Poor Change Management is Killing Analytics Value

Poor Change Management is Killing Analytics Value

Unless it pertains to politics or parking meters, people dislike change. Why? Change involves work, learning new skills, and the possibility of failure. This makes people uncomfortable and resistant. Maintaining the status quo is simply easier. When we look at why BI & Analytics initiatives fail, the reasons are not usually technical problems, but people problems related to change management and communication. Yet, in contrast to the average stakeholder, individuals who lead change are enthusiastic advocates and willing to put in the extra effort.

Why is this?

Champions of change understand the “Why, What, and How” of the change that is taking place.

Most stakeholders do not understand the “Why, What, and How” This is where D&A strategies are failing. If you map these 3 critical pieces of information to hot trends in Data & Analytics it is very clear. Industry challenges include:

  • Understanding the potential value of data – Rise of CDO (Data Culture)
  • Developing the skills to use data – less than 24%  (Data Literacy)
  • Using BI to make decisions – less than 35% (BI Adoption)
  • Producing a positive business outcome – less than 20% (Value)

Why, What, and How…

The “Why” must be the basis for change, and if it does not bring significant value to stakeholders, the initiative is doomed from the start.

All three of these factors are important, but the first is the most critical. To determine value, there must be strong communication between the analytics team implementing technology and the stakeholders who will use it. This is when we need to determine:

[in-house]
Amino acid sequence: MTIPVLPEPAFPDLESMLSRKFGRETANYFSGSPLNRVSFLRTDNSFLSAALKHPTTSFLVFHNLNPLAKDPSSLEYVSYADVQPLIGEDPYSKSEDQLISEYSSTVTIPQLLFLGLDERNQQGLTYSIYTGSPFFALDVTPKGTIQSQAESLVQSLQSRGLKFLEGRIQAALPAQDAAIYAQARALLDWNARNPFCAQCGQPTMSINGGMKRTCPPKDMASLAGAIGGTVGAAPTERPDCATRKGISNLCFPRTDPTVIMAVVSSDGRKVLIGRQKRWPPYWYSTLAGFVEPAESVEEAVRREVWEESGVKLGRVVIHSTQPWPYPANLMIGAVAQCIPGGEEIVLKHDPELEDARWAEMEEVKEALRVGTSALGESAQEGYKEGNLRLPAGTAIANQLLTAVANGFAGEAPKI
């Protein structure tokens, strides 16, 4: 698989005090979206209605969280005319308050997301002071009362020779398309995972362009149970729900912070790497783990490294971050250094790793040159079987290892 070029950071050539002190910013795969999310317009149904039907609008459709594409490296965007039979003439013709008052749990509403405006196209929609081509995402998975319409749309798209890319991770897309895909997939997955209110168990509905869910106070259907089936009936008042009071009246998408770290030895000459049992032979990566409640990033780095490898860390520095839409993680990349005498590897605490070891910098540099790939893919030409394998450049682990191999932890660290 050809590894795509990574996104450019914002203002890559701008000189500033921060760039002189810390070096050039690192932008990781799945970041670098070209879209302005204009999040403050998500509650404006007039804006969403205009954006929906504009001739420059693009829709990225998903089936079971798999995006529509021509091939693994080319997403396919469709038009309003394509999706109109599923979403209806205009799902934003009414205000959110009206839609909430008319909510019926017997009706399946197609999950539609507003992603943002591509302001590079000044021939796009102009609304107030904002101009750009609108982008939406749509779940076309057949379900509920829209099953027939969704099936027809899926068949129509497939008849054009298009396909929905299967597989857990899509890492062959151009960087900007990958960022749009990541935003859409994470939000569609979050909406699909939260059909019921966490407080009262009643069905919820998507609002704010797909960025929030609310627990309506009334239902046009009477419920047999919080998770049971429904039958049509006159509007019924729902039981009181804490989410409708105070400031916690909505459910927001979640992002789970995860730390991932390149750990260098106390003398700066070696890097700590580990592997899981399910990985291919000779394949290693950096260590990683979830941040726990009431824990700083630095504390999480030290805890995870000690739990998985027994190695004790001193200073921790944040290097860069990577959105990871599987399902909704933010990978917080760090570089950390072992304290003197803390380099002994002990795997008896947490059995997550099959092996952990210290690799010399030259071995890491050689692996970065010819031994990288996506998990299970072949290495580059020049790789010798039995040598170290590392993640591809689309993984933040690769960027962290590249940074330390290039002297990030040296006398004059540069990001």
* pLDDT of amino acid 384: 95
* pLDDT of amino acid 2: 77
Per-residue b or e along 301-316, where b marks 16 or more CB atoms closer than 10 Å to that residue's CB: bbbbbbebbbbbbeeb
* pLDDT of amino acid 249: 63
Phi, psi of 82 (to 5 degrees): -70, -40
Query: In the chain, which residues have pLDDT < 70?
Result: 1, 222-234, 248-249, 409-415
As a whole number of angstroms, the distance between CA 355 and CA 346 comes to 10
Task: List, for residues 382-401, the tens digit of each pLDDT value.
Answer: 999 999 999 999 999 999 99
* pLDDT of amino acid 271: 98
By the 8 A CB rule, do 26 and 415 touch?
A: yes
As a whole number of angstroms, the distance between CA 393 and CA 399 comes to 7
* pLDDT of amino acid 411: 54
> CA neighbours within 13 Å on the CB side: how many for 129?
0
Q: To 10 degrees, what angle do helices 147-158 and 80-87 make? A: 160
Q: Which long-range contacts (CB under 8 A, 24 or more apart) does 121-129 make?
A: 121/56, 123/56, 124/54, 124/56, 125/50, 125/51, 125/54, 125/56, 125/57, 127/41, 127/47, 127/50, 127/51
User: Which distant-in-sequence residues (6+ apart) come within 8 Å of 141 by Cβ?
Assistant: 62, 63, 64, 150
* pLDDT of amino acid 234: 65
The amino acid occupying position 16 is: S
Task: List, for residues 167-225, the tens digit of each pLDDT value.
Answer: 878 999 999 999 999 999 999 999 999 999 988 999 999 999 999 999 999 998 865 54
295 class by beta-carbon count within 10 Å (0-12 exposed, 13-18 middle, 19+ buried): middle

• What are the business goals or outcomes?
  • What decisions will be made to reach these outcomes?
  • What information is needed to make decisions and act?

This channel of communication between “Analytics” and “The Business” has been historically very weak. One reason that “change management” and “communication” are the most poorly executed components of an Enterprise Data Strategy, is because Data & Analytics initiatives are championed by technologists. While data scientists might be some of the smartest in the room, technology is their passion, not people. So, technology is what they focus on and the people side of analytics gets neglected. This has led to the rise ofAnalytics Translators and other intermediaries.

The titles for this role are wide-ranging and have little consistency, but the need for an individual to lead the change management aspect of D&A initiatives is apparent. Call this person an “Analytics Translator”, a “Data Champion”, a consultant…whatever gets the job done effectively.

The Solution

This is the hard part. Every company has unique needs, strengths, and weaknesses. There are a number of things to consider when improving the change management aspect of your Enterprise Data Strategy or Digital Transformation effort in addition to a focus on the above:

  1. Do you have a clear leader and advocate for D&A on the executive team? Hiring a CDO is now a must.
  2. How does your analytics team work together and communicate with the rest of the business? Does your company have a dedicated analytics team or a (CoE) Center of Excellence? Should your company have a centralized or decentralized analytics team?
  3. Do you have dedicated individuals responsible for developing Data Culture, Data Literacy, and driving adoption? This is a full-time job. Hire for it.
  4. Is there a focus on business outcomes first and technology second?

We believe establishing an Enterprise Analytics Hub helps solve many of the challenges related to Data & Analytics change management. By centralizing all BI content in a single location and user-experience, you establish a foundation from which to build a data culture, communicate with end-users and receive feedback on business needs. You can also launch embedded data literacy campaigns and increase BI adoption by providing a single point of entry, and insulate end-users from the disruption that comes with the introduction of new tools and sunsetting of legacy systems.